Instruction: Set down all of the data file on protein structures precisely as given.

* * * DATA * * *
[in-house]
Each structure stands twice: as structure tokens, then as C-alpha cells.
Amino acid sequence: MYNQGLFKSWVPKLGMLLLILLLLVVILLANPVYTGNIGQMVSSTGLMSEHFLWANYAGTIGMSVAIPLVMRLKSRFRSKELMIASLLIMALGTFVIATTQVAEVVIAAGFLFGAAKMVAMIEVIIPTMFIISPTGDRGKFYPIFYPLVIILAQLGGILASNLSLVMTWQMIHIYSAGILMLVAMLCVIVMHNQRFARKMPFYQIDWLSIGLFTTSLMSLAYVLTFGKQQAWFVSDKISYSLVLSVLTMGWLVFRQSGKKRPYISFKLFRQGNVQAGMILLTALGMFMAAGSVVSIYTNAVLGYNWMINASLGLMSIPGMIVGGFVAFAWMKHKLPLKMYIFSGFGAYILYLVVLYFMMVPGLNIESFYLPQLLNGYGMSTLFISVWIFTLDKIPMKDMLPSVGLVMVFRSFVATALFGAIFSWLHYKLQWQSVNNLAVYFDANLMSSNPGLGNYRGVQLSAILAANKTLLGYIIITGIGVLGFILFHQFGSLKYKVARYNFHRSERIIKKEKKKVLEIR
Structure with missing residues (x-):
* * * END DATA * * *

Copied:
[in-house]
Each structure stands twice: as structure tokens, then as C-alpha cells.
Amino acid sequence: MYNQGLFKSWVPKLGMLLLILLLLVVILLANPVYTGNIGQMVSSTGLMSEHFLWANYAGTIGMSVAIPLVMRLKSRFRSKELMIASLLIMALGTFVIATTQVAEVVIAAGFLFGAAKMVAMIEVIIPTMFIISPTGDRGKFYPIFYPLVIILAQLGGILASNLSLVMTWQMIHIYSAGILMLVAMLCVIVMHNQRFARKMPFYQIDWLSIGLFTTSLMSLAYVLTFGKQQAWFVSDKISYSLVLSVLTMGWLVFRQSGKKRPYISFKLFRQGNVQAGMILLTALGMFMAAGSVVSIYTNAVLGYNWMINASLGLMSIPGMIVGGFVAFAWMKHKLPLKMYIFSGFGAYILYLVVLYFMMVPGLNIESFYLPQLLNGYGMSTLFISVWIFTLDKIPMKDMLPSVGLVMVFRSFVATALFGAIFSWLHYKLQWQSVNNLAVYFDANLMSSNPGLGNYRGVQLSAILAANKTLLGYIIITGIGVLGFILFHQFGSLKYKVARYNFHRSERIIKKEKKKVLEIR
Structure with missing residues (x-):